New insights into epilepsy

Early changes in the brain indicate how severe epilepsy will be.
11 September 2017

Interview with 

Carola Haas, University of Freiburg


Mouse brain


About 1% of the adult population are affected by the seizure disorder epilepsy. This happens when a small cluster of nerve cells in a particular part of the brain become electrically unstable. This abnormal firing pattern can periodically spill over into other brain regions and cause the disabling symptoms that patients display. But what causes this so-called epileptic focus to form in the first place, and how that causes the changes in the surrounding brain tissue which eventually result in seizures  wasn’t known. Now we have some new insights, which Chris Smith hears about from Carola Haas…

Carola: The approach we used was to mimic the disease in mice. We can inject a toxin and then observe structural changes occurring similar to the situation in human’s, disease progression so cell death and structural reorganisation of the brain network, until the point that seizures emerge. And we used magnetic resonance imaging to study what's going on after injection of the toxin in the mice’s brain. And we could do that for a period of 3 weeks and this gives us information about structural changes but also, molecular and metabolic changes.

Chris: So just to recap then you’ve got young mice. You expose them to a toxin which causes damage to the right part of the brain so that these animals within about 3 weeks develop a clinical syndrome of seizures a bit like what would happen to a human and you're able then to use imaging to follow how that state evolves in these animals, so you can see what changes happen in the brain upstream of the fully-fledged clinical condition occurring so we can get some insights into what might be happening in the brain of a human who is going to develop these sorts of seizures.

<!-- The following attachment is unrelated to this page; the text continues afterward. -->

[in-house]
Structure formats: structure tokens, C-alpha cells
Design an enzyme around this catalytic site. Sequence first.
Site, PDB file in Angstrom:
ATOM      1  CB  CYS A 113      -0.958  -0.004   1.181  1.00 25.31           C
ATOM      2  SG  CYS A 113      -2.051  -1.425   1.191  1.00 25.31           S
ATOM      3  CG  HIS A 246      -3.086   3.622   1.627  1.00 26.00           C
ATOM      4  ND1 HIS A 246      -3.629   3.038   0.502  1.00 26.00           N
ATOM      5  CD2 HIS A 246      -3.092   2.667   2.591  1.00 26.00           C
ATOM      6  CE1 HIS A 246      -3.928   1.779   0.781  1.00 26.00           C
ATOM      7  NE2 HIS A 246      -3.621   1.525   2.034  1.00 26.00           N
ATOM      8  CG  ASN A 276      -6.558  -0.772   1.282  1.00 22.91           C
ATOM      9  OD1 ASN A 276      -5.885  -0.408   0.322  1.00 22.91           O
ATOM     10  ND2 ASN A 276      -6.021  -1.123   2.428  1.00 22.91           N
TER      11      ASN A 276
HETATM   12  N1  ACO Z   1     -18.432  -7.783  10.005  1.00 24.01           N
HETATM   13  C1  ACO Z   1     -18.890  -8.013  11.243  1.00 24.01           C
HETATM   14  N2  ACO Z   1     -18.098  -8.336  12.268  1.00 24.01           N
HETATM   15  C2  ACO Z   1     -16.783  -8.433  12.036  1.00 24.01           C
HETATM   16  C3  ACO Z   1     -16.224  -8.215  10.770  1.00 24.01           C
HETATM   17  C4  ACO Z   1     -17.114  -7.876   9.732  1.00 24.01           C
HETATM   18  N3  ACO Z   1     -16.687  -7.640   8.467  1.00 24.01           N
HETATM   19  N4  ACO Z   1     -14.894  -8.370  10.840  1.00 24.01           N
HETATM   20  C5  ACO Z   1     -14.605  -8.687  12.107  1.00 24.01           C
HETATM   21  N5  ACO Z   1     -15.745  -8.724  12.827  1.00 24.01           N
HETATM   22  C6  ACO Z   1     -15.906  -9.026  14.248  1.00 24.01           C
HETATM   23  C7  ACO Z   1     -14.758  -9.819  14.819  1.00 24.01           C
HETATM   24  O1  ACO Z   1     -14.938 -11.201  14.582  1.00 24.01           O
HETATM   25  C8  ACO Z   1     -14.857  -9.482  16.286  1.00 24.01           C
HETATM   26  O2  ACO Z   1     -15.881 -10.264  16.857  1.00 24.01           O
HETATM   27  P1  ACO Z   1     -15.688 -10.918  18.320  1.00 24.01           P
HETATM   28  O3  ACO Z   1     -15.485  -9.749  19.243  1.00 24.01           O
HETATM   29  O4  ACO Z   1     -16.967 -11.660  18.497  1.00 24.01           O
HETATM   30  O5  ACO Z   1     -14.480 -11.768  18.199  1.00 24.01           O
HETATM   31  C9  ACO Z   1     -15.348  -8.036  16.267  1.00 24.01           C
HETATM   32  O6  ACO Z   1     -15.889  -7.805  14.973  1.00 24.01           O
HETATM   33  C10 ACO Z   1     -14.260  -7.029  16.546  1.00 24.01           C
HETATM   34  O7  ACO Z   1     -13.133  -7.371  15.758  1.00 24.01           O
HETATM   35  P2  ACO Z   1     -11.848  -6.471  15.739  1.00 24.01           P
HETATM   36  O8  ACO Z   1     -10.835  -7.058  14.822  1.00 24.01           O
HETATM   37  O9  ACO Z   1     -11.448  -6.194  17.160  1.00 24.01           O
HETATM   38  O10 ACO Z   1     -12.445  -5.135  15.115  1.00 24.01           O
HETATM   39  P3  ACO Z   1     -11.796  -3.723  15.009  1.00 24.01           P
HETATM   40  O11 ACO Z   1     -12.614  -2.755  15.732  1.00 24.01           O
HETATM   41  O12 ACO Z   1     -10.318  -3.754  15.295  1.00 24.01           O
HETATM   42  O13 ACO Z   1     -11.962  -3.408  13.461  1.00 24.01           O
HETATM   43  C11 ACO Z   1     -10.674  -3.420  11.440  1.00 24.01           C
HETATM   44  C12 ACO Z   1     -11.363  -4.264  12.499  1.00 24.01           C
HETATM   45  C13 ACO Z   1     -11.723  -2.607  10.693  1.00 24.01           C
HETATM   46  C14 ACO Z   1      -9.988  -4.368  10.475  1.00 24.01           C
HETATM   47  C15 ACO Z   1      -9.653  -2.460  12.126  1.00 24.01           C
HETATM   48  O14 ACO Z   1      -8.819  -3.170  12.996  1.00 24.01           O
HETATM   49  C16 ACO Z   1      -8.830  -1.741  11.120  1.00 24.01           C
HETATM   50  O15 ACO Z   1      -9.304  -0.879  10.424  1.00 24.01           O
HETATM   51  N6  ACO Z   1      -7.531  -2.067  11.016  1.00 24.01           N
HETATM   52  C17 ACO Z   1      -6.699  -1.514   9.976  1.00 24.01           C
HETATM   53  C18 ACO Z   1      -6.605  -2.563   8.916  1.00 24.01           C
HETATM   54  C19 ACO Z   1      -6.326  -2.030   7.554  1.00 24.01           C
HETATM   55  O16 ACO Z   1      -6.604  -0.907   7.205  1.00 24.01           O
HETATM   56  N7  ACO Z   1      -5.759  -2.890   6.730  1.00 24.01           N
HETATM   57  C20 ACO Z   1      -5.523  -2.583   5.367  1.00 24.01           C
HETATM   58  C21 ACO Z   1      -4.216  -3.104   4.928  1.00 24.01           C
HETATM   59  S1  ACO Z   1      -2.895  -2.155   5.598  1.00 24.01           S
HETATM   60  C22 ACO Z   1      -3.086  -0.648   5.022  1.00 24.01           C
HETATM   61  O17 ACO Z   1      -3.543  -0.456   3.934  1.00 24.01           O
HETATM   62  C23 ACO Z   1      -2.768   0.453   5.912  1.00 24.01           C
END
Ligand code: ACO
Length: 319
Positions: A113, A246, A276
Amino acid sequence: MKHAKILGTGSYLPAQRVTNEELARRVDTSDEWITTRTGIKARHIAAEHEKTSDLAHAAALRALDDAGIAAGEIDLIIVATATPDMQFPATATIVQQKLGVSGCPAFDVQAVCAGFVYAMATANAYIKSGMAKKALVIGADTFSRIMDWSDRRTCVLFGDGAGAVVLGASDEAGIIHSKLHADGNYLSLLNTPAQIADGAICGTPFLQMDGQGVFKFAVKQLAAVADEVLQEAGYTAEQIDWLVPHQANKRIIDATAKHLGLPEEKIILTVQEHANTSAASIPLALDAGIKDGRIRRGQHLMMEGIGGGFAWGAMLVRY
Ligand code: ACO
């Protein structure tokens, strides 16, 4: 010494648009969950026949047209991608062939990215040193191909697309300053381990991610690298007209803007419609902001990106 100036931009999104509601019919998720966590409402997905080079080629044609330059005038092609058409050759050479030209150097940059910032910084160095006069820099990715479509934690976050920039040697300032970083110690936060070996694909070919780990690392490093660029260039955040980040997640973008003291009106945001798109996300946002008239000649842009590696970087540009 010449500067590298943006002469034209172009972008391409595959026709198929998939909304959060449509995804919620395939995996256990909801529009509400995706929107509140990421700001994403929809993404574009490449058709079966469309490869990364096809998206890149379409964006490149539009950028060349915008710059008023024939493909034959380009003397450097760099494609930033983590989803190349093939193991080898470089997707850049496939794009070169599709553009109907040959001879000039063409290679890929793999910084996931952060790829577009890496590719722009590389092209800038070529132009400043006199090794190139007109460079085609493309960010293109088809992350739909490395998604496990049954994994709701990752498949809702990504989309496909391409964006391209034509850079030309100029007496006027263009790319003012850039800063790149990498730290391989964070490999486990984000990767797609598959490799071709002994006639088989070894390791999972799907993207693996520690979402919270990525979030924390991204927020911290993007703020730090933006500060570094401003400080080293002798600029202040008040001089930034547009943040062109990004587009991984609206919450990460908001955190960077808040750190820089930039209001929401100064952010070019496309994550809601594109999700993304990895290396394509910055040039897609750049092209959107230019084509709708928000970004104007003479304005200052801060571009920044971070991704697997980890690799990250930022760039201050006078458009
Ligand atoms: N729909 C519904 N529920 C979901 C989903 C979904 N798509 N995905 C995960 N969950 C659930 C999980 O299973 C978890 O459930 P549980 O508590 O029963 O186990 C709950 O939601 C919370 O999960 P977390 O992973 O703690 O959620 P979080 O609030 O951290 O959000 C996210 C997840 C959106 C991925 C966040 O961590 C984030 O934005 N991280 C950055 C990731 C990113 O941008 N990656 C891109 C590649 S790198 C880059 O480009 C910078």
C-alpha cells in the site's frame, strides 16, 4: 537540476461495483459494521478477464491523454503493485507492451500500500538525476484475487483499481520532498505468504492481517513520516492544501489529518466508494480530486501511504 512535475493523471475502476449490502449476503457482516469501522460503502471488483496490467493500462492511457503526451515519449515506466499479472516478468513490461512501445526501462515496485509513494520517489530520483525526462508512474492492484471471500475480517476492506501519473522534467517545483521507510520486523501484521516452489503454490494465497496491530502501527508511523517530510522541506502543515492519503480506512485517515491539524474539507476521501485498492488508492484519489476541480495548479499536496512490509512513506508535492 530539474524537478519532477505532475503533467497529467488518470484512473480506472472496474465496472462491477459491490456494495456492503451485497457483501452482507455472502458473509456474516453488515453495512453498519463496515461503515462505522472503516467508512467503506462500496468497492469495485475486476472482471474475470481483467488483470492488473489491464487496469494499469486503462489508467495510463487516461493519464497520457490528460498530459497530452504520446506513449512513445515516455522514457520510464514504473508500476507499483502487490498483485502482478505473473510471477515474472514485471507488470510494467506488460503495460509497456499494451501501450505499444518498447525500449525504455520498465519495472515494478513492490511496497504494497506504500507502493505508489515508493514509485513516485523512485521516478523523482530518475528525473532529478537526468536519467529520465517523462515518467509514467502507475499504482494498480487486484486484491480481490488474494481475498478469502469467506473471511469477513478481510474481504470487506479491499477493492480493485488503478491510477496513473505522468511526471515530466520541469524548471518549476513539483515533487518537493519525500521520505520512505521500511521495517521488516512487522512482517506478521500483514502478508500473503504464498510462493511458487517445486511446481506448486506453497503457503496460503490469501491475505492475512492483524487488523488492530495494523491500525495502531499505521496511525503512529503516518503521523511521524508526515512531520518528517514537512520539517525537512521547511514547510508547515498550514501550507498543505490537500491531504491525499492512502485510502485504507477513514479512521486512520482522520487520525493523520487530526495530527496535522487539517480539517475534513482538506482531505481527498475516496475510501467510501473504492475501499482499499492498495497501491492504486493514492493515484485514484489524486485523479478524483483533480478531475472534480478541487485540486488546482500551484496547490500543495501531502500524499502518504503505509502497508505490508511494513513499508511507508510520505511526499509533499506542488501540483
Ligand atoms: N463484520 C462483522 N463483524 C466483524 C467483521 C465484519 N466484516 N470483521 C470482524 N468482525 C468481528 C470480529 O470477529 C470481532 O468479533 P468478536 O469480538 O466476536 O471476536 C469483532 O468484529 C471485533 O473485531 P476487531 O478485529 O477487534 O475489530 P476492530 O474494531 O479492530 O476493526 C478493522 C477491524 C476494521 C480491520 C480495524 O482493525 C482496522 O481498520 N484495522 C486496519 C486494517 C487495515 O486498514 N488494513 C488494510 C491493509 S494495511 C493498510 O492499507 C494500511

Carola: That’s a reasonable summary. But also, what I would like to point out is that we can study this in periods of weeks which is first of all, impossible in humans because it takes many years and we also cannot put humans in the scanner over many years. So, that was our idea that we try to find early indications of later disease progression.

Chris: Now having made these observations, what changes are happening that appears to pre-date the emergence of the epilepsy and could they be used as a useful predictor in humans, do you think?

Carola: First, I would like to say that we found very early changes, so within 24 hours, which reflect the death of neurons and this predicts the severity of the overall structural changes referred to as “sclerosis”. This sclerosis is also something which we find in humans which are epileptic. So the early changes already predict how severe a sclerosis will develop at the end of the disease. Also, neurotransmitters were severely changed – excitatory transmitters and also inhibitory neurotransmission went down. If we look at a little later, we saw that in other areas, because structural changes were occurring in particular cell types which we hadn’t expected before. So, not only neurons were affected, but also glial cells was severely changed in their structure. These changes, they're also important to predict the severity of the disease outcome at the end.

Chris: Are we only able to diagnose people a bit earlier and just tell them, “you're going to get epilepsy” earlier, or does knowing that a person is at risk of this happening from an early stage give us an alternative therapeutic opportunity, if we intervene with the treatments before the person overtly develops the seizures? Because the seizures can make themselves become worse in the long term, does that mean we have an opportunity to potentially reduce their severity or even stop them altogether if we start therapy sooner?

Carola: Exactly. That’s a big outcome of the study that we have hopefully tools that we can test new anti-epileptic substances with, which are not available at the moment because the substances which are available at the moment, they only treat the symptoms but they don’t cure the epilepsy. So, the big hope we have is that we can use our study to find new medication.


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